Domes Named to National “Most Endangered Places” List

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Landslide

Domes Named to National “Most Endangered Places” List

Domes Named to National “Most Endangered Places” List
Oct 06, 2016
Virginia Small

Prospects for the future Mitchell Park Conservatory have improved considerably since the site was designated a Landslide at-risk landscape by TCLF in March 2016.  There has been considerable media attention and increased public awareness; on October 5, 2016, the National Trust for Historic Preservation (NTHP) named the attraction, known as the Domes, one of its 11 Most Endangered Historic Places for 2016.

The botanical garden’s inclusion on the "endangered places' list was announced at a press conference hosted by the Milwaukee Preservation Alliance (MPA) at the base of the Domes. Speakers and attendees expressed optimism about the future of the Domes given the landscape's newest designation.

Genell Scheurell, Senior Field Officer for NTHP’s Chicago Field Office, called the Domes “stunning examples of midcentury architecture that have also been a key part of community life in Milwaukee for more than 50 years.” Scheurell said NTHP has joined with MPA in “urging Milwaukee County to find a solution that preserves the Domes for the benefit and enjoyment of future generations rather than needlessly sacrifice this unique national treasure.”

County Supervisor Jason Haas, chair of the county board’s parks, energy and environment committee, said “this very significant announcement…should put the brakes on any talk about tearing down the Domes.” He also noted that Domes attendance had been steadily rising in recent years: 240,000 in 2015, up from 187,600 in 2011. Nonetheless, Haas believes there is potential to further promote the Domes as a tourist attraction.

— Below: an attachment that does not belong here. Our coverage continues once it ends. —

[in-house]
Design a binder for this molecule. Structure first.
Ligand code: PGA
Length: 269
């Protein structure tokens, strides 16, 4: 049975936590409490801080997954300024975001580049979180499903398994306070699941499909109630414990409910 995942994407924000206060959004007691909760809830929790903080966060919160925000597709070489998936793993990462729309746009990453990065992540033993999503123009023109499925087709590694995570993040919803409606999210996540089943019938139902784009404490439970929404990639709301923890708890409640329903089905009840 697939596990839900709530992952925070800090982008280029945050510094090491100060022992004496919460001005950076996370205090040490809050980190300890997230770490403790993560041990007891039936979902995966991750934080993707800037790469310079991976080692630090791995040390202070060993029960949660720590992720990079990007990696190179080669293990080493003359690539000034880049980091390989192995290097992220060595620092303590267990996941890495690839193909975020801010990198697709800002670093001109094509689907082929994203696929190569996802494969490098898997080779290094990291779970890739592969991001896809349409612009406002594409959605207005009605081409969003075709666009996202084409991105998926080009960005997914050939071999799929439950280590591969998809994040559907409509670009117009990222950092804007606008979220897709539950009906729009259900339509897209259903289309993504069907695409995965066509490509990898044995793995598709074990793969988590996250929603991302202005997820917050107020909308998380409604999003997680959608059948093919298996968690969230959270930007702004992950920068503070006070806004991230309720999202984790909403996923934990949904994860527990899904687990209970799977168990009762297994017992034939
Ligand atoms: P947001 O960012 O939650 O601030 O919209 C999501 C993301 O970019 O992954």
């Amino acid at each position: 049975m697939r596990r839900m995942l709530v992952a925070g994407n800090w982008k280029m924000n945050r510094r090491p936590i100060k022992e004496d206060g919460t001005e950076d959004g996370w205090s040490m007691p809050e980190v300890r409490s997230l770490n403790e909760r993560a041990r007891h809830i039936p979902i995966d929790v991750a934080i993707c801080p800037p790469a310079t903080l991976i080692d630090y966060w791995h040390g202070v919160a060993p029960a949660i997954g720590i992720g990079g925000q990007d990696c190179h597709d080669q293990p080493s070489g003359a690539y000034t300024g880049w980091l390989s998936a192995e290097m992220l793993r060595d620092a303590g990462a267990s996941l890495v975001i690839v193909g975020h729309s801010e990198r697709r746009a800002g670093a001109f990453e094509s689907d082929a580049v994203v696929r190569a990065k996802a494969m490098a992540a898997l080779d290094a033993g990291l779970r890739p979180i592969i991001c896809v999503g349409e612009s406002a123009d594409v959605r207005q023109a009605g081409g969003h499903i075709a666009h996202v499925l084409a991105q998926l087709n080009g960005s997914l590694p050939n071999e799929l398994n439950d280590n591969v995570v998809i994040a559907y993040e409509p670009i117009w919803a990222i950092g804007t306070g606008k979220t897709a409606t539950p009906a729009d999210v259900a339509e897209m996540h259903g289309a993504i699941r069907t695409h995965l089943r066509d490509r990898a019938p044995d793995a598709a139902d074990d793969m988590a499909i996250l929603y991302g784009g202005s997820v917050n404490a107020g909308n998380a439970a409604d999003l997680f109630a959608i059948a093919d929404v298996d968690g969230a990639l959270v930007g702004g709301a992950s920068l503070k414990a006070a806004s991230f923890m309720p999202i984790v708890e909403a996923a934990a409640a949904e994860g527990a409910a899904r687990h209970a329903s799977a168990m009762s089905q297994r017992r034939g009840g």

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Mitchell Park Domes, Milwaukee, WI - Photo courtesy of Sulfur

Ian Batista, executive director of the Clarke Square Neighborhood Initiative thinks that challenges facing the Domes are a “golden opportunity.” He hopes the Milwaukee community will “come together across neighborhood, racial, and ethnic lines to build consensus” about stewardship of the attraction that is a major anchor of the Clarke Square neighborhood.

Longtime preservationist and retired history teacher Kathy Kean talked about “reimagining the Domes.” Kean has visions for the Domes as part of several well-linked destinations “in the middle of the city.” She would like to see more well-defined connections and cross-promotion among the Domes, the Urban Ecology Center’s Menomonee Valley center, Three Bridges Park and the Hank Aaron Trail, which borders all the nature-oriented entities.

Adrienne Pierlussi, who hosted a well-attended fundraiser at her pub last spring to build awareness and support for saving Domes, welcomes the national attention brought by being on the NTHP list. She hopes it will increase local appreciation for the Domes’ historic significance.

The annual America's 11 Most Endangered Historic Places list has “identified historic and important places across America that are threatened by neglect, insufficient funds, inappropriate development or insensitive public policy.” Scheurell noted that of 270 sites named to the list over the past 29 years, fewer than five percent (13 places) have been lost, a sign of how successful the program has been in “galvanizing preservation efforts across the country.”

NTPH invites those who want to learn more about what they can do to support the Mitchell Park Domes and hundreds of other endangered sites at www.SavingPlaces.org/11Most  Those who favor saving the Domes are invited to sign a petition on the site.

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National Trust for Historic Preservation website featuring the Mitchell Park Domes